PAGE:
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What is Racial Trauma?

17 Dec
understanding racial trauma

What is Racial Trauma?

Racial Trauma

Racial trauma, or race-based traumatic stress is the cumulative negative effects of racism and discrimination on the mental and physical health of people of color. Events that may cause racial trauma can be overt or covert Often they that may be in the form of microaggressions, threat of harm or injury due to race, hate crimes, witnessing killings of people, of color police brutality and other traumatic events. In the United States Black, Indigenous People of Color (BIPOC) are most at risk for racial trauma due to living under a system of white supremacy.

Experiences of race-based discrimination can have psychological impacts on individuals and their wider communities. In some individuals, prolonged incidents of racism can lead to symptoms like those experienced with post-traumatic stress disorder. Racial based trauma stress is a mental injury that can occur as the result of living within a racist system or experiencing events of racism.

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Examples of Race-Based Traumatic Stress

Racial trauma can be an overt action from another person or can be experienced within a wider system. Trauma can also be experienced vicariously like learning about events from a family member or watching videos of people facing racism. The examples below do not include all examples, they are a small sampling of examples.

  • Learning about and watching the video of brutal police killings, such as George Floyd’s murder
  • Witnessing higher rates or homicide, suicide, or unintentional injury
  • Told to “go back to where you came from”, called a racial slur, or treated unfairly by others
  • Promotion of anti-Semitic symbols and slurs by the media and political leadership
  • Disproportionate policing, arrests, and sentencing in the criminal justice system
  • Facing barriers to acquire capital to start a business or home ownership due to inequitable policies
setting healthy boundaries

What are the symptoms of Racial Trauma, or Race-Based Traumatic Stress?

Symptoms that may be experienced by people of color, who have been impacted by racial trauma include depression, anxiety, fear, anger, low self-esteem, irritability, hypervigilance, and suspicion. The fight or flight system is triggered when BIPOC individuals come in contact with any form of racism. The nervous system responds by attempting to survive in whatever way possible. Racial trauma can also have a negative impact on one’s physical health, including symptoms of hypertension and coronary heart disease.

Healing can be a process after being exposed to repeated acts of racism, discrimination and injustices. Racial trauma is unique in that there will be continued exposure to the traumatic event. Some ways to cope with racial trauma are to first become mindful of your energy level and emotional well-being. Check in with yourself to determine if you need to calm your nervous system.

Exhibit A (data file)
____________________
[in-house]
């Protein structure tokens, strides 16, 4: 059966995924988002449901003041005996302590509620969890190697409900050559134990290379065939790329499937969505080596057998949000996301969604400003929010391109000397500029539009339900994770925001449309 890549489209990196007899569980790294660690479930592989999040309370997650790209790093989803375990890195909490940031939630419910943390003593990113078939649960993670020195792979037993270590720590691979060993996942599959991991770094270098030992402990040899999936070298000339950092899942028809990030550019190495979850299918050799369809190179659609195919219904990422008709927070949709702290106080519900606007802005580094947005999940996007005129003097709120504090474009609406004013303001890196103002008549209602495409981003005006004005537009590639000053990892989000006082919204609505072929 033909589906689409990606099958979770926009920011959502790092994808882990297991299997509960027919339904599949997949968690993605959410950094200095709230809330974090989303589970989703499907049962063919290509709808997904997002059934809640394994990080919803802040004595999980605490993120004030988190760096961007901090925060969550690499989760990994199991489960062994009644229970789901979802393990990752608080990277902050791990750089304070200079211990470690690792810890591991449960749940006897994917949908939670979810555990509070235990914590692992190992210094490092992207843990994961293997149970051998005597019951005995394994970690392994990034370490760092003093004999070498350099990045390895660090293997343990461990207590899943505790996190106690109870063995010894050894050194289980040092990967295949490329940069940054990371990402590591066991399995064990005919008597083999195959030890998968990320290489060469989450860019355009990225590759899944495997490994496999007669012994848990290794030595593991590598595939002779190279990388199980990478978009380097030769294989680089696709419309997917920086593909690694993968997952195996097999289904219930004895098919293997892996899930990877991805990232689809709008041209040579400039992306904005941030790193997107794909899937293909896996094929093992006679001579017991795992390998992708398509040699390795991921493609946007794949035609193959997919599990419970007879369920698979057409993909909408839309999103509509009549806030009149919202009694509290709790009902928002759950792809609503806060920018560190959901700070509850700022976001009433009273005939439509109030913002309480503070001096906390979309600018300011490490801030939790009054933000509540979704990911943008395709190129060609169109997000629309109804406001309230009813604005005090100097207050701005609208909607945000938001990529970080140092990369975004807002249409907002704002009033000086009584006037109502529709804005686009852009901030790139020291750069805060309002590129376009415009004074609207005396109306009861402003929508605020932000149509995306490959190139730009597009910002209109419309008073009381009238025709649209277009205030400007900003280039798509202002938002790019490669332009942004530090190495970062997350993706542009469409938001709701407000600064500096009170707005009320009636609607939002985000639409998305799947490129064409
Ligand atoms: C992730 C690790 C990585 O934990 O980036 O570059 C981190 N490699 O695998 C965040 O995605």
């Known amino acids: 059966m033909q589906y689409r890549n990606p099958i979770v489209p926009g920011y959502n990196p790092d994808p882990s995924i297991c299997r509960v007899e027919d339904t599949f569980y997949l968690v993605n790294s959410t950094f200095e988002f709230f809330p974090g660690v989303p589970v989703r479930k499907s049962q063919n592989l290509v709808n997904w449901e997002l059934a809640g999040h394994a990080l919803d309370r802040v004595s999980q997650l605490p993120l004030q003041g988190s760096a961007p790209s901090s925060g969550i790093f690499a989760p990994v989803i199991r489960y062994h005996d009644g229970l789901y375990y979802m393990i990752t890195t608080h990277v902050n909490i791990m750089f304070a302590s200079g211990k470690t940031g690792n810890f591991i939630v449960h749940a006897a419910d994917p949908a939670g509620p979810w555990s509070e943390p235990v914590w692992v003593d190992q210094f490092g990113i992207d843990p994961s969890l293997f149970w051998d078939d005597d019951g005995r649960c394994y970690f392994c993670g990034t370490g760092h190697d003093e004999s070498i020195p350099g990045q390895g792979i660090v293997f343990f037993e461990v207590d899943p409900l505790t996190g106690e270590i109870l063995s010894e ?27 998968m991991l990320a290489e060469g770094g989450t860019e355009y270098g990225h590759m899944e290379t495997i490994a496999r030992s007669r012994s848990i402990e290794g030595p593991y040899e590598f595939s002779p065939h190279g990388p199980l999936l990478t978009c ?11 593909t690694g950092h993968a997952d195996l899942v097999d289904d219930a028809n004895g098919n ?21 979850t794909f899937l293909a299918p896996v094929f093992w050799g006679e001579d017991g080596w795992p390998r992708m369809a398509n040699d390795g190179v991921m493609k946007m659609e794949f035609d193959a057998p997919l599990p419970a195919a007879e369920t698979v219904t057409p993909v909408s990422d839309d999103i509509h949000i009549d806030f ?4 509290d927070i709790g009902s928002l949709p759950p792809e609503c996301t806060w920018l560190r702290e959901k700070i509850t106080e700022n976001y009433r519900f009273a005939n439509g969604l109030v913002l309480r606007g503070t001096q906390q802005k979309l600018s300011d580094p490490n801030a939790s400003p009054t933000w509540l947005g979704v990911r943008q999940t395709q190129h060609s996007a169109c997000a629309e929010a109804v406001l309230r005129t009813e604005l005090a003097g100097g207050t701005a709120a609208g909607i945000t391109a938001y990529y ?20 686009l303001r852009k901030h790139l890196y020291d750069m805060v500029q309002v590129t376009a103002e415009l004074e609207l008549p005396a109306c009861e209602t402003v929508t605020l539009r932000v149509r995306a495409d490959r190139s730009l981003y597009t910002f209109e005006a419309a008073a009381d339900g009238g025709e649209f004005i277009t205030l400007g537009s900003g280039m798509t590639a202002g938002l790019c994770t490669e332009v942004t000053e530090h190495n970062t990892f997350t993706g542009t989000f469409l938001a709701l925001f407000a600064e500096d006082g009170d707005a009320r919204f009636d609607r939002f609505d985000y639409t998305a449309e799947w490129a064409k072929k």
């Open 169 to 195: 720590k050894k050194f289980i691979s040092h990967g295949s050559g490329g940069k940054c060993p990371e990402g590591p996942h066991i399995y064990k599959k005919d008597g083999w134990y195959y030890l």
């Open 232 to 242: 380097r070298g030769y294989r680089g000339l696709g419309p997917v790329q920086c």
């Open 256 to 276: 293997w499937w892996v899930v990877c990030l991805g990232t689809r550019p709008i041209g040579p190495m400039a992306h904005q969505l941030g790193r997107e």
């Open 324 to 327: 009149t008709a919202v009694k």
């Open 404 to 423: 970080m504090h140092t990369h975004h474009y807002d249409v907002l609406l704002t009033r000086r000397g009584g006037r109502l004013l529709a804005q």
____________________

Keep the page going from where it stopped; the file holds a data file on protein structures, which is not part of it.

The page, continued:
Self Care vs Self Soothing

Make a regular habit of checking in with yourself. How are you? Not in the “I’m fine how are you?,” but in the real searching honest answer “how are you?” Journaling, prayer, and talking with a trusted person can be effective for helping you become more aware about your emotions and physical well being. From there you will take a two pronged strategy.

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1. Self Soothing

Self-soothing is often mistaken for self-care. Self-soothing are activities to participate in once you’ve identified that you are knocked out of your zone. This activities are meant to calm your nervous system and help you relax. Here are some self-soothing ideas:

  • Go for a run
  • Pet your dog
  • Cook something special
  • Get a long meaningful hug from a loved one
  • Engage in mindful play with your children
  • Take your shoes off and feel the ground on your feet. Participate in feeling rooted to the earth.
  • Color
  • Take a nap
  • Stretch your body or do yoga
  • Meditate or pray

2. Self Care

Self-care is the active participation in decreasing risks that fire up your nervous system. This may mean changing people, places or things in your life that are toxic or triggering. Or perhaps just lessening the impact of these events. Examples of self-care activities include:

  • Limiting your news intake
  • Checking in with your ability to handle upsetting news at this time
  • Connecting a therapist that can help you walk through your healing
  • Advocate for equity and become involved in anti-racist change
  • Introduce daily activities that calm your nervous system like exercise and meditation
  • Nourish your body with foods that increase your energy level
  • Protect your sleep and aim for at least 8 hours every night

At LMV Counseling, we condemn all forms of racism, discrimination, violence, and hate. We will continue to provide a safe, supportive space for all. We encourage the difficult conversations. You can meet with one of our trusted therapists either online or in person. Get Started Now.

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